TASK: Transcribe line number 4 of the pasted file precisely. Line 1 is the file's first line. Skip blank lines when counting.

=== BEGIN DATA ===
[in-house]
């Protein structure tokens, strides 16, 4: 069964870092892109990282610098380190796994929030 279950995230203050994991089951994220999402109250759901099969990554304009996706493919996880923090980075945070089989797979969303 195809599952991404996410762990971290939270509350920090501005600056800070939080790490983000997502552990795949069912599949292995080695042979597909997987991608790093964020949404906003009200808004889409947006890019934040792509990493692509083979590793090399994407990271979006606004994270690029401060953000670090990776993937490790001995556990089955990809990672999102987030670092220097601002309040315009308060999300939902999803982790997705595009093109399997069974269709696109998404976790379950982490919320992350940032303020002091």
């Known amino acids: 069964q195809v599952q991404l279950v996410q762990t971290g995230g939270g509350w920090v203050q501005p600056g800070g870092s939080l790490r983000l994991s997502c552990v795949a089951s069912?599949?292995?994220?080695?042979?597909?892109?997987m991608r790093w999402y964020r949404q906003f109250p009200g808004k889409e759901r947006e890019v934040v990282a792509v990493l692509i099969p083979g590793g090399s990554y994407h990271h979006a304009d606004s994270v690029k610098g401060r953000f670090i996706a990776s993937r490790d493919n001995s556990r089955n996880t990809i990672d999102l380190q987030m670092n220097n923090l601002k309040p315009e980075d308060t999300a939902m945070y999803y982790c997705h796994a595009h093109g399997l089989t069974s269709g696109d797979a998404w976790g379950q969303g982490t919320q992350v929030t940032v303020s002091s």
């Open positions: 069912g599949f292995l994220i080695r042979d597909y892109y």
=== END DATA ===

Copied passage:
């Open positions: 069912g599949f292995l994220i080695r042979d597909y892109y």